That was the word that was used to describe the penalties that the NCAA would be imposing on Penn State in the wake of the Sandusky scandal and cover-up. No one knew for sure what that would mean, but that didn’t stop the speculation.
One of the more frequently suggested potential punishments was the “death penalty”, the nickname given to an NCAA ban on an athletic program playing any games. The ban has been imposed few times in history and only once on a football program (famously, the Southern Methodist University team which went from a powerhouse before the ban to a team that is even now climbing out of irrelevance caused by the penalties). While this is option may have sounded good to those out for vengeance, it was never truly realistic. College football is an even bigger business now than it was when SMU received its ban, and the NCAA has seen just how massive the fallout from such a penalty would be. Banning the program from playing would not only penalize Penn State University, but also every team that has them on their schedule. Other universities would stand to lose millions of dollars for something that was the fault of another institution.
On the other end of the spectrum, were those who believed that the NCAA was overstepping its bounds. This was a criminal matter, an ethical matter, not a football issue. Make no mistake about it, had this story broken in 1998, Penn State would have taken a hit in this scandal, but had they acted swiftly to bring the matter to the attention of the authorities, there does not seem to be anything that the NCAA or anyone else could have held them responsible for. (In fact, based on what we know now, they could have made the lives of many children much better.) The NCAA comes down hard on teams that violate the rules, but the ultimate sin is the cover-up. Lack of institutional control is almost always cited when you look at teams who were hit with severe punishments. But when you look at the ones who lied and tried to hide what they knew was wrong, those punishments get even worse. Penn State had a chance to report this. Instead there was an active cover-up that continued for almost 15 years. A cover-up that continued up through this investigation when they still lied about knowing that there was an incident in 1998 rather than just 2001.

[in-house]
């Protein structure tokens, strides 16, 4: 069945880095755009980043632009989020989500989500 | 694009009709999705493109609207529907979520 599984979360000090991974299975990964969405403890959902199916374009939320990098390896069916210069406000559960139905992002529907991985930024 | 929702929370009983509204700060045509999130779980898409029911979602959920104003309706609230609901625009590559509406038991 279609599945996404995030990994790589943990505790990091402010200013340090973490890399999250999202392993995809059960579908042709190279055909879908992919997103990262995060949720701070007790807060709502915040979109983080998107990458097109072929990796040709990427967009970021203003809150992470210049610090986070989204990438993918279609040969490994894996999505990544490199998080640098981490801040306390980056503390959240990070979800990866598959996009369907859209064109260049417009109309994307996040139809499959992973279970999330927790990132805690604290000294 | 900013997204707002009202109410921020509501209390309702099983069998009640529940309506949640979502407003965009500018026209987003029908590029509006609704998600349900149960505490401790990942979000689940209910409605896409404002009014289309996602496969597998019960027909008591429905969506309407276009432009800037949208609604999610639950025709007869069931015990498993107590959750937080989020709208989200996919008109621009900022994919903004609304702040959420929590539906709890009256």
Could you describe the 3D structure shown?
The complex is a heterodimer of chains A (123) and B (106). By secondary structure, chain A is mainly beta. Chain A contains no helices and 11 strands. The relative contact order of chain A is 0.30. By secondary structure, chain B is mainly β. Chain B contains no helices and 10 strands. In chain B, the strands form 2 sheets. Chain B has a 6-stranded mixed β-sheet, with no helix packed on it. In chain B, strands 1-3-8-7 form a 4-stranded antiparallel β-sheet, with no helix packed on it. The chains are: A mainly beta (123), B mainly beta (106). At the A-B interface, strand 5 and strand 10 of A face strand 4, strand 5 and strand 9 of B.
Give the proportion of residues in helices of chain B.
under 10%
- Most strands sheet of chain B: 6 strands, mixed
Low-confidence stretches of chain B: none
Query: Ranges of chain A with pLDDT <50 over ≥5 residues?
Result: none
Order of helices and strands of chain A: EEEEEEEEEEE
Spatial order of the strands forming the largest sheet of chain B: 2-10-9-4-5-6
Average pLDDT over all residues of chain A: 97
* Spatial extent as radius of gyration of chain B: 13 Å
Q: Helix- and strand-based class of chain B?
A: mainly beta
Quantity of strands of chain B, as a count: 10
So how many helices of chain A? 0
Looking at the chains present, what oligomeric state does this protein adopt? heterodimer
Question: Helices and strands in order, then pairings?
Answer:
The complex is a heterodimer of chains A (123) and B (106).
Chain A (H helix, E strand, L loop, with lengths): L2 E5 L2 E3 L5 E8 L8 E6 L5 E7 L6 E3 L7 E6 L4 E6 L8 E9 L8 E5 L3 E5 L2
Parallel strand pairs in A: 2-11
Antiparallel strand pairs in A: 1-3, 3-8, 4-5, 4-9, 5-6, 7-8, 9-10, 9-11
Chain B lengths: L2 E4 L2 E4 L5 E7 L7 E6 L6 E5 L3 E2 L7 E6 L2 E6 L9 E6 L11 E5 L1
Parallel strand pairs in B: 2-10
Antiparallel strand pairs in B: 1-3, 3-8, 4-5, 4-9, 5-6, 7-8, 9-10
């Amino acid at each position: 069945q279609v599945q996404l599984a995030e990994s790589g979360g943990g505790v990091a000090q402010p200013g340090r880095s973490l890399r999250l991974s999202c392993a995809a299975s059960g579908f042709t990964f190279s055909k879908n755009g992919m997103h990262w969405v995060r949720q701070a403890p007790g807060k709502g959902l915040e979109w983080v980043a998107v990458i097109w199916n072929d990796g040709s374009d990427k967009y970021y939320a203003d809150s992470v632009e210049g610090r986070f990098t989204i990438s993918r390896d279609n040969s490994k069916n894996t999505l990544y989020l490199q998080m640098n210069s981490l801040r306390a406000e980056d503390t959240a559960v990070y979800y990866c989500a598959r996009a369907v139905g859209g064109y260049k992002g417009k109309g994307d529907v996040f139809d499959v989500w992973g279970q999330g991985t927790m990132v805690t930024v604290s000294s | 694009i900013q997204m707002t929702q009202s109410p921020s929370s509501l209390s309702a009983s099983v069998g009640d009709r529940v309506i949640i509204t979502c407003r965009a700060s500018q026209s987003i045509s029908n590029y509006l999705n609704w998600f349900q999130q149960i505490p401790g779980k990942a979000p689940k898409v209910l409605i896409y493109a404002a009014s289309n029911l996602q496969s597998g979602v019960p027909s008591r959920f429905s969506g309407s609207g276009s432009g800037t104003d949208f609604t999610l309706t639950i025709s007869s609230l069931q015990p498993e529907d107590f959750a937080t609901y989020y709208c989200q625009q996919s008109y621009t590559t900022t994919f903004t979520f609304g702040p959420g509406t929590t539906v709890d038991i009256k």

So, what did unprecedented mean? The NCAA announced this morning that Penn State would be fined $60 million which would go into an endowment for preventing child abuse (but not programs at the university). The 60 million is an estimate of the revenue for one year of the football program. This means that the NCAA did not impose the so-called death penalty, but in essence still prevented the university from making any money off the team for a year. A similar punishment, but hopefully one without the unintended ripple effects. In addition, the university will lose scholarships and will be unable to participate in the postseason for 4 years. The 4 year figure is important, because any players whose eligibility is equal to or less than the length of a postseason ban are free to transfer to another school without the usual loss of one year of eligibility. This basically set every athlete on the Penn State football team free to join another school without having to sit out. Will this cause a mass exodus? I don’t know, but it will be interesting to see. The truly unprecedented part was the vacated wins. The NCAA clearly felt that from the time of the first known yet unreported incident through now, the university was exploiting an unfair advantage by covering up a major issue for no reason other than the benefit of their athletic department. The university will vacate every win from 1998 on. Some of these teams won conference championships. Some of these teams won bowl games. Not anymore. Joe Paterno’s legacy was that he was the winningest coach in history with 409 wins. These penalties remove 111 of those wins. With one press conference, the NCAA has rewritten the record book, moving Bobby Bowden to the top of the list and placing Joe Paterno outside of the top 10 in all-time wins.
Remarkably, since I started writing this, the university has issued a statement which seems to say that they won’t contest any of these penalties.
Not a single one of these penalties will undo anything that Jerry Sandusky has done. However, I truly hope that the precedent that was set here will remind every other university official, coach, player, fan or anything else that no matter how much you love this game, no matter how much money a program makes, it is nothing when compared to the lives of other people. The decisions made by Penn State officials were appalling, but I don’t know how different they would have been anywhere else where rather than praising the people who play and coach the sport, we deify them.